External stressors like the U.S.-China trade war have a funny way of impacting the investment markets. Prior to the heightened tensions, social-media giant Facebook (NASDAQ:FB) was on a roll, clawing back its losses from last year. However, the bears have questioned FB stock, primarily due to the many controversies facing the underlying company.
But now those doubts go out the window. Or, more accurately, they’re still there, but investor focus has completely shifted. Amid jittery trading in the broader markets — such as the S&P 500 index’s 6.6% loss during May — Facebook stock offers a reassuring take for concerned investors.
The reason? It’s so simple I almost hate to bring it up: FB stock has no exposure to China.
That’s not to say of course that the Asian juggernaut is inconsequential. China levers the world’s second-biggest economy. A lot of “socializing” occurs in the country, given its nearly 1.4 billion population size. If China opens its digital doors, Facebook stock, along with rivals Twitter (NYSE:TWTR) and Snap (NYSE:SNAP) will likely enjoy a new renaissance in social media.
But that’s not going to happen, at least not anytime soon. A couple years ago, a Twitter insider revealed that it had 10 million active Chinese users surreptitiously using the platform. However, that figure is essentially meaningless when the communist party frequently cracks down on social media.
Usually, a door closing indefinitely would hurt a company’s expansion prospects, but not FB stock. Shares will likely return to previous record highs near $220, 25% above current levels. Not only that, over the long run, I expect the company to decisively hit new plateaus, China or no China. Here’s why:
FB Stock Cleared Itself of Rational Headwinds
As you’ll recall, the FB stock price shot up to record highs in late July of last year. However, a “poor” showing for its second quarter of 2018 earnings report clawed back those gains.
But just how disappointing were the results? On paper, the performance was mixed, with the company beating earnings per share expectations but fell short against revenue. Also, daily active users slipped slightly against the consensus forecast.
At the time, I argued that this mixed disclosure didn’t justify the hemorrhaging in the Facebook stock price. What many bearish analysts failed to understand was basic math: due to the law of large numbers, it’s incredibly difficult for a large organization to move the needle.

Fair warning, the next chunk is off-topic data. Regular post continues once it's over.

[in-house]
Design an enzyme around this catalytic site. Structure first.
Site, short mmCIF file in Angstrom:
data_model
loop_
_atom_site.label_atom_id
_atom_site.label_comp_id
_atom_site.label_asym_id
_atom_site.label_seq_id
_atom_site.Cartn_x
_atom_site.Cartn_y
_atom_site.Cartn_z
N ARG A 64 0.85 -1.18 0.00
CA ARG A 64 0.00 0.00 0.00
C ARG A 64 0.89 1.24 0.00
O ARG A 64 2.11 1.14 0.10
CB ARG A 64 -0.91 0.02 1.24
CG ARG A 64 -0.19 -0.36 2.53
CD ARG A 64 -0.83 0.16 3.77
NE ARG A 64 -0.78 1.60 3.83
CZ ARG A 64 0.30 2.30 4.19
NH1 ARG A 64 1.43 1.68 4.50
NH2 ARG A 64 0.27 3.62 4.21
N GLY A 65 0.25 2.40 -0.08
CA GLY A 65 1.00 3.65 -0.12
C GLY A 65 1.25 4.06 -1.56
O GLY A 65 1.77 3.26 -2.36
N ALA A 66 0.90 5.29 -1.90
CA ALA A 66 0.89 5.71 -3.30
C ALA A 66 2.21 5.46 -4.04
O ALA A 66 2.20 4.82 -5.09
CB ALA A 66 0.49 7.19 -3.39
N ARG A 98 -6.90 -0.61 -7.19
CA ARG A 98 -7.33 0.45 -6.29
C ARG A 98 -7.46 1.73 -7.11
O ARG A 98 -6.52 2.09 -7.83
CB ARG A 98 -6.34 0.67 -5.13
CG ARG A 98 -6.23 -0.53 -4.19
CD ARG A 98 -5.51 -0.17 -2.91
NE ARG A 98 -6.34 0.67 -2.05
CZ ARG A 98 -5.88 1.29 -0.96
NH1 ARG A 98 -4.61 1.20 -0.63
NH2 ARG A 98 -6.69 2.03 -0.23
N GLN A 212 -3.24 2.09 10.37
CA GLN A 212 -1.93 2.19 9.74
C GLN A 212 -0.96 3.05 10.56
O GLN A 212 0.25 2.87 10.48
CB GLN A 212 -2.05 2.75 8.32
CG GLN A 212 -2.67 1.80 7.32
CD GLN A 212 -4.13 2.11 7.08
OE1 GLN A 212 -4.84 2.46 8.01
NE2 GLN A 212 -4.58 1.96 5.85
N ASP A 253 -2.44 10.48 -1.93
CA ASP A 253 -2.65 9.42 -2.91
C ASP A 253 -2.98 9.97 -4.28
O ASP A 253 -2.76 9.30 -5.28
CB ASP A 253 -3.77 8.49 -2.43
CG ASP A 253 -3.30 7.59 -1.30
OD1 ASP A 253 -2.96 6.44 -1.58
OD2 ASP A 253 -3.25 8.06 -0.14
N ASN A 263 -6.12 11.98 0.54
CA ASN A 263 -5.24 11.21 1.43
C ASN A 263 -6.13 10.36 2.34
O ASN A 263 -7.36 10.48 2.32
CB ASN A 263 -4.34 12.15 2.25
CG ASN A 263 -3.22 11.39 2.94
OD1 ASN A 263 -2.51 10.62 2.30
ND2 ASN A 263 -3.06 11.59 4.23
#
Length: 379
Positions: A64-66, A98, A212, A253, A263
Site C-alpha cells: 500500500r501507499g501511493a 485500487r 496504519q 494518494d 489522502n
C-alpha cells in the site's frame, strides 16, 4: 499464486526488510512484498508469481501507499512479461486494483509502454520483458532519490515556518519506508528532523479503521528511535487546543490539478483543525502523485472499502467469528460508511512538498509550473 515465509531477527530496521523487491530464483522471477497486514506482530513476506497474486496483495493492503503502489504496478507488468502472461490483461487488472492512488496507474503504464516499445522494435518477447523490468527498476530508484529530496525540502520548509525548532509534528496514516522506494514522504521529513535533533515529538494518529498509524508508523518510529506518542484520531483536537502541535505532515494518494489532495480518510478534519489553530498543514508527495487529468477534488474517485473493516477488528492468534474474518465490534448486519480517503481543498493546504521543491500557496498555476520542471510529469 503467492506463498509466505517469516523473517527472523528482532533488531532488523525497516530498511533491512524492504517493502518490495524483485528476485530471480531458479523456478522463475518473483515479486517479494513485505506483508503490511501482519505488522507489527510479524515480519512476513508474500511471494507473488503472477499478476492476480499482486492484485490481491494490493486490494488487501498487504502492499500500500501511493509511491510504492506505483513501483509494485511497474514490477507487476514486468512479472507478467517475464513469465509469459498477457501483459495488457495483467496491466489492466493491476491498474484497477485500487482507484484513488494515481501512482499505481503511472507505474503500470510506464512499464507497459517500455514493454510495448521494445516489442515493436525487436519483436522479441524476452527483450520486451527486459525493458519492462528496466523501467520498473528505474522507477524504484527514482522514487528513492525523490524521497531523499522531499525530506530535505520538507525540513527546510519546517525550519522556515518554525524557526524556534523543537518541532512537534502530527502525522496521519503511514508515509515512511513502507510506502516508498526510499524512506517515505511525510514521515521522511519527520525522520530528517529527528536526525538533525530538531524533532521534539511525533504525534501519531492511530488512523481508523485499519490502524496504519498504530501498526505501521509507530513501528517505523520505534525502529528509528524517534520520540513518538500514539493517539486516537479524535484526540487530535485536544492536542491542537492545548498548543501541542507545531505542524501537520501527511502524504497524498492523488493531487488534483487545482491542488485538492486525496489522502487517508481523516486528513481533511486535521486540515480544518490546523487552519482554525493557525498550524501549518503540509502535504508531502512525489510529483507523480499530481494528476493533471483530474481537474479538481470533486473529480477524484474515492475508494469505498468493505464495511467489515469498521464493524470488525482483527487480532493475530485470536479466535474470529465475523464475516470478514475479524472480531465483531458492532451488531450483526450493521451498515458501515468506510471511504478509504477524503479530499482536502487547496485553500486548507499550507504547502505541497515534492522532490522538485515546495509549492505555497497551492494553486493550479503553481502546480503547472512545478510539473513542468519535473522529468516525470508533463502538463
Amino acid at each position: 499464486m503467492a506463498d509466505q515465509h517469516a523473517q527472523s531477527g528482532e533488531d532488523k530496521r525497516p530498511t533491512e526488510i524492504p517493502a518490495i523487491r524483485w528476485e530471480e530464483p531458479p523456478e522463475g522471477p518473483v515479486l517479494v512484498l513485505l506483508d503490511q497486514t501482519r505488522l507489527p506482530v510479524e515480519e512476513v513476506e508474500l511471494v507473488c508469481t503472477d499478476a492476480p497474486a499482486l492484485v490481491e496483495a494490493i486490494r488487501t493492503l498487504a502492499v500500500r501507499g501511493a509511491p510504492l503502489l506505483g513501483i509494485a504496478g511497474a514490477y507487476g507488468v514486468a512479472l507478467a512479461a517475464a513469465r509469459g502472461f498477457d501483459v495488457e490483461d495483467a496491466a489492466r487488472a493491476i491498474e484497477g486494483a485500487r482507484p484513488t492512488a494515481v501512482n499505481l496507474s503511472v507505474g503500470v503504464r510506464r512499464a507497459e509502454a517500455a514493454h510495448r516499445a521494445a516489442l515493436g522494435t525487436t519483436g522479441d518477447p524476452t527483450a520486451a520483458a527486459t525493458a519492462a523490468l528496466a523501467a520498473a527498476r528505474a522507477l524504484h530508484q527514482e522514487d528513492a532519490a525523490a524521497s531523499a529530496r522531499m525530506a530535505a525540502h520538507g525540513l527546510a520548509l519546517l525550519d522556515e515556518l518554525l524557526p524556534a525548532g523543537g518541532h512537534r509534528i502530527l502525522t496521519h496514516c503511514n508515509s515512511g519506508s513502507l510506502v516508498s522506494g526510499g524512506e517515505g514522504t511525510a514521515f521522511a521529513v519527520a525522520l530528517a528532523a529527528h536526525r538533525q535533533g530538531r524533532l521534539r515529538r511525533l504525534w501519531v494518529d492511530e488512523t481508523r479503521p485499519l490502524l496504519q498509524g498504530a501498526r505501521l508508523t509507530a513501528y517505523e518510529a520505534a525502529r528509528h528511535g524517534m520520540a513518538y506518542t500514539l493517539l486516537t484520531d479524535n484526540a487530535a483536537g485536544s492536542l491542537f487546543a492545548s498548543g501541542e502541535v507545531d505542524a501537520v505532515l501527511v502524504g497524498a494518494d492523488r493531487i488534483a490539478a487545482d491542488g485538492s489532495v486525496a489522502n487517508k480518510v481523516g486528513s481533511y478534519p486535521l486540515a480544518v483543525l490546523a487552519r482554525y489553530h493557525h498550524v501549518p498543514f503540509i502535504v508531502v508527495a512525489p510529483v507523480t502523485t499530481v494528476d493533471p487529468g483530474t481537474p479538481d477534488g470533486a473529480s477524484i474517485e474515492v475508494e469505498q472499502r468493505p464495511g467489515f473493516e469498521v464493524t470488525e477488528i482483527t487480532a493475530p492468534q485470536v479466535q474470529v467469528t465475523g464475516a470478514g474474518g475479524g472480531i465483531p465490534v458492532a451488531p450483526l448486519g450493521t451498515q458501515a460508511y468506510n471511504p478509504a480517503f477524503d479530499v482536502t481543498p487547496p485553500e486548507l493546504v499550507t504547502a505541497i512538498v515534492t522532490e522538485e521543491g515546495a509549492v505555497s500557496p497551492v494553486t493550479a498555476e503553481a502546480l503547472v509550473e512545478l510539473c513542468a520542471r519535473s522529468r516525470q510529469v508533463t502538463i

Yet they did move the needle noticeably, and did it during the first round of the trade war.
Now let’s address the other headwind against Facebook stock: the underlying company’s many controversies. Admittedly, some of the politically tinged scandals did no favors for Facebook’s image. Neither did its privacy violations, which negatively impact all demographics.
To their credit, management has worked overtime to restore their brand reputation and earn public goodwill. They’ve even made moves that market observers may consider detrimental to business. Nevertheless, despite internal strife within the executive ranks, FB is pressing on with their new vision.
And what great time to roll that vision out. According to the Pew Research Center, rising trade tensions have resulted in Americans viewing China less favorably. Extrapolate this logic out, and Americans today will probably regard China as an adversary.
Finally, this dynamic puts Facebook and the American public on the same page. Last year, management stated that FB will only do business with China if they drop censorship of free speech. Now, Facebook can deliver that same message organically.
Facebook Stock to $220 and Beyond
If you look at the charts for certain investments such as big banks, you’ll notice a correlation with headlines and equity pricing. In the case of FB stock, you have somewhat of an inverse relationship.
For instance, the first volleys in the trade dispute started in early 2018. But prior to the Q2 2018 earnings report, the FB stock price was up more than 22% for the year. Back then, the discussion was the same: an unreasonable Trump administration won’t see eye-to-eye with their Chinese counterparts.
Currently, we’re back to square one. China is mad, Trump tweets like a madman, and investors are scrambling for cover. It’s an ideal situation for Facebook stock because shares again don’t have exposure to China. In other words, shares have already proven the case that they can move to $220 in near-identical circumstances.
But here’s the thing: FB is actually in a much better position than it was last year. This time, management can drive home the point that Facebook is pro-democracy and pro-free speech. Clearly, that image is very important to them, and the trade war gave them the gift of credibility.
As of this writing, Josh Enomoto did not hold a position in any of the aforementioned securities.